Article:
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Goan students build automatic fish sorting system

As part of their final year project, four BE Electronics and Communications students of Agnel Institute of Technology and Design, Assagao built an automatic fish sorting system. NT KURIOCITY finds how the project works and more

RAMANDEEP KAUR  | NT KURIOCITY  

With the aim of helping locals and small scale industries to eliminate manpower, save time, and thereby make the segregation of fish more efficient, four students from Agnel Institute of Technology and Design, Assagao worked on developing a fish sorting system which uses image processing. The group comprised of Sahil Deosekar, Gauri Halankar, Amey Patil, and Devashree Samant. The team was mentored by professor, Gauri Gaunekar and professor, Mrunal Sawant.

“On an average fish consumption in Goa is 70 to 90 tonnes a day. Being the staple food of Goans, the demand for fish in the local market has increased and so has the cost,” says Deosekar.

However, according to Halankar, several tasks are involved between the catch of fish to selling it. “One of them is sorting the fish on the basis of different sizes. Since a standard type of net is used, fish of different sizes are caught at a time,” she says.

Segregation of fish based on sizes is a must as the cost of the fish depends upon its size; larger the size more expensive is the fish as compared to smaller ones of the same species. Generally, fish is manually sorted by size using 10 to 20 labourers.

The project built by the team however automatically segregates fish into different sizes. First, a camera captures the fish image. The processor performs all the necessary analysis of the image and calculates the length. Thus, depending on the length, the segregation is done in the sorting part. “The manual sorting cannot be replicated by any machine entirely. The task of sorting requires expert observation skill to slot fish into different categories that only a human eye can observe with accurate precision,” says Samant.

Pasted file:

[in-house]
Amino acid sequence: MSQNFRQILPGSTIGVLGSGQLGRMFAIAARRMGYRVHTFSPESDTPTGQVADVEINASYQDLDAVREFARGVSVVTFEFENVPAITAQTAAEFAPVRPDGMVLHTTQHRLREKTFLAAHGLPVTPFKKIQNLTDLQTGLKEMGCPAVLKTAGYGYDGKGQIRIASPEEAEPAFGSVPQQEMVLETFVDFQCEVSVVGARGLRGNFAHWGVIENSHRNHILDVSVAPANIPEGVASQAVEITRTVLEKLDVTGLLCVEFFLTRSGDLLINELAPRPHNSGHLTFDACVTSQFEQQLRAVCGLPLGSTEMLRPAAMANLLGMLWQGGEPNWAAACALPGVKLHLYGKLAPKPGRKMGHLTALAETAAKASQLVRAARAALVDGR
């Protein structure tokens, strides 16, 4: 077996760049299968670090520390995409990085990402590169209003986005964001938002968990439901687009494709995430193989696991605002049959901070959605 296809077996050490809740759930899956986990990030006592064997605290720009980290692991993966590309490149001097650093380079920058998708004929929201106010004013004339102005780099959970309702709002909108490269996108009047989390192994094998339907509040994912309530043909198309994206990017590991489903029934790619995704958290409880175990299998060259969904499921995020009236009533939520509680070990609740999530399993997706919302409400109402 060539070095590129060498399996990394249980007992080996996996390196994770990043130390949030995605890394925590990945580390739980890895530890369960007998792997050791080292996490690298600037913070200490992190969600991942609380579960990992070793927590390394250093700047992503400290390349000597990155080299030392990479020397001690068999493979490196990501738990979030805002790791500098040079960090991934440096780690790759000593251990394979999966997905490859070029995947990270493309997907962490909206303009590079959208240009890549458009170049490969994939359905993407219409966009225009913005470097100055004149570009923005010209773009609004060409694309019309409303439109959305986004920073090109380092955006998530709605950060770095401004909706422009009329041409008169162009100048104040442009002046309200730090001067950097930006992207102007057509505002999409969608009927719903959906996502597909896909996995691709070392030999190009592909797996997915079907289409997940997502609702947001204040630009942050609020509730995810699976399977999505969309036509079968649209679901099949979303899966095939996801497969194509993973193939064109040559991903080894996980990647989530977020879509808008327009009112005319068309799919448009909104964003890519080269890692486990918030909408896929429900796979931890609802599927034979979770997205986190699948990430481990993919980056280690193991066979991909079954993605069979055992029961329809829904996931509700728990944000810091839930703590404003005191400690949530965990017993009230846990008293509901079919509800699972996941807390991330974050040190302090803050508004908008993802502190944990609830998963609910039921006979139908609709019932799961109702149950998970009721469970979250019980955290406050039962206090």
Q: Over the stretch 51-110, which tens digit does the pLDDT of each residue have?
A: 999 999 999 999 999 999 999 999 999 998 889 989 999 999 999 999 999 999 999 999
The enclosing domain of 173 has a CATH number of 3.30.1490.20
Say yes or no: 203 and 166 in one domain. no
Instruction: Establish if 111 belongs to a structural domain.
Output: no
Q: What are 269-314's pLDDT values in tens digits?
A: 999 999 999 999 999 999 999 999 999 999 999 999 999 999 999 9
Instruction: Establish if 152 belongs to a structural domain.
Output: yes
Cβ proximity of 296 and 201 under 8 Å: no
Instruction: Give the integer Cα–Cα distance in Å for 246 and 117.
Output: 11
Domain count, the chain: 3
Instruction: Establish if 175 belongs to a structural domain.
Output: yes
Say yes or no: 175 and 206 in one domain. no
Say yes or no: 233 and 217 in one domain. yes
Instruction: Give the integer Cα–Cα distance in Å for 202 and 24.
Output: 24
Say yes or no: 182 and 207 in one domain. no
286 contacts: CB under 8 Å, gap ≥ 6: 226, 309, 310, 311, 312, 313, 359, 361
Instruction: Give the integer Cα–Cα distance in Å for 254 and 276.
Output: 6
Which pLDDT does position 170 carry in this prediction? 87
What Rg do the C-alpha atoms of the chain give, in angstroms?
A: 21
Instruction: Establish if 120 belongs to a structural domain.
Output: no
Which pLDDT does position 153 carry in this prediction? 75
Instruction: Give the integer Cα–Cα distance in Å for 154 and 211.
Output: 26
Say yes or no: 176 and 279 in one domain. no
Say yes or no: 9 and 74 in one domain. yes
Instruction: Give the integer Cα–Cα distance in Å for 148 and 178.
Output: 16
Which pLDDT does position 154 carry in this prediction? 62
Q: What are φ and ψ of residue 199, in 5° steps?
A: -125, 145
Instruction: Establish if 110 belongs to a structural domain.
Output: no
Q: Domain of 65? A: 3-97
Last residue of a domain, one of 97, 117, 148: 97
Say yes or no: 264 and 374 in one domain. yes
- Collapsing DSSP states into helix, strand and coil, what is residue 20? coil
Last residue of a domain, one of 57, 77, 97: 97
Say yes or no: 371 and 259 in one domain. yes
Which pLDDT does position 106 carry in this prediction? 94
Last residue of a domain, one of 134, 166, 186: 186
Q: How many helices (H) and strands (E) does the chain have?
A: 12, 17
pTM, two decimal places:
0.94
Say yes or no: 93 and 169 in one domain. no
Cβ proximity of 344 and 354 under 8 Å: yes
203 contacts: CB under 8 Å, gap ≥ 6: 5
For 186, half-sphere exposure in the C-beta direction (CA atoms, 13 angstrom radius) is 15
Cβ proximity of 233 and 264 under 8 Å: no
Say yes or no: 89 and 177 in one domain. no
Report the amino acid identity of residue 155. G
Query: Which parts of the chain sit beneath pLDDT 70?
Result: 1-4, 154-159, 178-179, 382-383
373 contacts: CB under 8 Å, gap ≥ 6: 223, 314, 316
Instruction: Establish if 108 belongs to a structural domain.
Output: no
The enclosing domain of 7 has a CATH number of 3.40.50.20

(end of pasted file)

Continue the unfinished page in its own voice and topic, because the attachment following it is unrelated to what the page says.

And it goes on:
The team took around seven months to complete the project prototype while the research and study about the project took them another two months. “We went to different people like the locals in our village as well as the fish sellers in Mapusa market. We also visited the Betim fish jetty,” informs Halankar. This task was mainly carried out by Samant. Halankar‘s role was doing all the software study, software implementation, writing the report along with PowerPoint presentations. Deosekar and Patil largely worked on building up the prototype and studying the hardware components. Deosekar also helped in software implementation as and when required.

Halankar says that their project will definitely help the local fishermen of Goa as commercial fish sorting is labour intensive job; their system would increase the efficiency and reduce the labour effort. The team is now planning to work a little more on their project and introduce the concepts of machine learning in order to make it more impactful and useful for the fishery industry. Once they achieve their goal they will look into how to go about marketing it.

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